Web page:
I began applying the cream to her skin, moving in slow circles on her cheeks. "Just relax," I said. As I worked, I studied her. Her eyes moved beneath her eyelids but her breathing was slow and even, her shoulders relaxed. I moved my fingers to underneath her chin, massaging the soft skin upwards. I noted the thick silver studs in her ears, the tasteful rings on her fingers, and I thought of Jack – my mother's second cousin – who used to walk in the winter with his feet bare and dirty and who claimed there were pixies in the river. He swore he never drank but there were always stains on his shirt – some were mud, others looked like blood, dried to the colour of rust. Katherine dressed thoughtfully. She was put together. It was true she had acted a little oddly, but she showed none of Jack's erratic madness. I felt my nervousness ease with each slow movement of my hands. Perhaps she'd heard of my reputation. Or had wanted to get out of the rain. She seemed to be enjoying her facial, at least. There was no need to be afraid.
"Mira," she said. A cold hand reached out and grabbed my arm, just above the wrist. The pot I was holding dropped, clattered to the floor. Pink cream smeared across the tiles.
"You know what you are?"
"Yes," I said. I felt a surreal sense of calm, of clarity. Her hand stayed on my arm, its grip tight. "I know," I said.
Katherine's eyes opened. "I'm like you," she said. She fixed me with those slate-grey eyes. They gripped me like her fingers on my wrist. "A witch."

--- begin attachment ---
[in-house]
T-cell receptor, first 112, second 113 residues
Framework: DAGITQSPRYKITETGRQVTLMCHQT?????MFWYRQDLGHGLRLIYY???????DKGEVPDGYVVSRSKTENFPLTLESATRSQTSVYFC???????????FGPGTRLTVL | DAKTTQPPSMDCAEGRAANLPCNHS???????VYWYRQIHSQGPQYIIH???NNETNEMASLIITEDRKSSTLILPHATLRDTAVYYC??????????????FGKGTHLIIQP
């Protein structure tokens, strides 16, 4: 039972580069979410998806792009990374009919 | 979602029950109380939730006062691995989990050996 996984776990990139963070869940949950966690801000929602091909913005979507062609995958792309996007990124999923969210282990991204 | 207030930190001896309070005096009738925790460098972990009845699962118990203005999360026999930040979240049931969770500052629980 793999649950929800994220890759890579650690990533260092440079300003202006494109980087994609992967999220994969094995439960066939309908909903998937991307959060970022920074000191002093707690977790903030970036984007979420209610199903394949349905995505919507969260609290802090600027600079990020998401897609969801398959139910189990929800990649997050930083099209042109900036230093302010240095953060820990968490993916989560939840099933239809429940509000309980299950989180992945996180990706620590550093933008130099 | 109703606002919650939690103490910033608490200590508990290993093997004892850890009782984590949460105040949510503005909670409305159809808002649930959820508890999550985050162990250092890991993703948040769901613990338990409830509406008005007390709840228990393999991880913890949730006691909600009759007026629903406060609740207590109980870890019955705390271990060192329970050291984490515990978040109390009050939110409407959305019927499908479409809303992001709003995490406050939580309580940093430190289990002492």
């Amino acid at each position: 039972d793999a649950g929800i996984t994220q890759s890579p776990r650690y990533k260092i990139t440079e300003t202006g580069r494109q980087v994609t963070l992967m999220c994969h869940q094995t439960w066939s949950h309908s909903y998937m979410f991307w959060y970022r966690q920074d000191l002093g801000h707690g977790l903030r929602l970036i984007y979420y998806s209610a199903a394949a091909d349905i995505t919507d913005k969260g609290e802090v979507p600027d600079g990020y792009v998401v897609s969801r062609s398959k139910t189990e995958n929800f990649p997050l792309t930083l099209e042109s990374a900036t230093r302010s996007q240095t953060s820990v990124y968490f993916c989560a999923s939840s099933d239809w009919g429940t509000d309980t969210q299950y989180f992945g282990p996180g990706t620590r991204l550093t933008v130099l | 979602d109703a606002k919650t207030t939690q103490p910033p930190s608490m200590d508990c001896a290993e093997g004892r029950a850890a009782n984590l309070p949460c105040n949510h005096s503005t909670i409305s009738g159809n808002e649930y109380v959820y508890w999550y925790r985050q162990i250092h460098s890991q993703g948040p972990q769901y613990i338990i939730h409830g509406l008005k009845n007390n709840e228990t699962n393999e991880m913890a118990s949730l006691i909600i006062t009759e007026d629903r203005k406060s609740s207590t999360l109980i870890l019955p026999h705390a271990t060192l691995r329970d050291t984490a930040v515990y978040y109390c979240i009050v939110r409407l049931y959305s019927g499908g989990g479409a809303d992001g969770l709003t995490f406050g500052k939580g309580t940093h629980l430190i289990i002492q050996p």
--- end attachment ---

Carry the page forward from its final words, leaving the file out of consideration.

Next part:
My heart thudded in my ears, in time, it seemed, with the hail outside. I reached out my free hand to steady myself on the reclining couch. Katherine looked up at me. At last, she released her hand from my wrist and the red imprints from her fingers faded to white.
"Don't be afraid," she said, sitting up. Her face was covered with pink cream. Her eyes were the only definitive feature I could see. They watched me as I slumped back against the wall. "It's not a bad thing," she said.
Katherine jumped up. She returned with tissues and a plastic cupful of water, which she handed to me. I sipped at it as she wiped the cream from her face. I opened my mouth and closed it several times, unable to express what I wanted to in English and eventually choosing to stay silent. She wiped away the cream in slow, deliberate movements and we sat unspeaking whilst the hail outside pounded down around us. I became aware that my hands were clammy around my plastic cup and I placed it down on the table. When I turned back, her eyes were locked on mine. "Don't you have questions?" Katherine asked.
"I thought…I thought we were only in Poland," I said.
She shook her head. "There are many more of us. Men, women, children."
"Men?" I said. I felt a flicker of disdain. "How can it work with men?"
"It does," she said, decisively. She leaned forward to fish in her bag and pulled out a notebook and pen. She scribbled something down. "This is the address," she said, tearing a sheet out of her notebook. "Come with all your questions. We'll answer them all, as best as we can."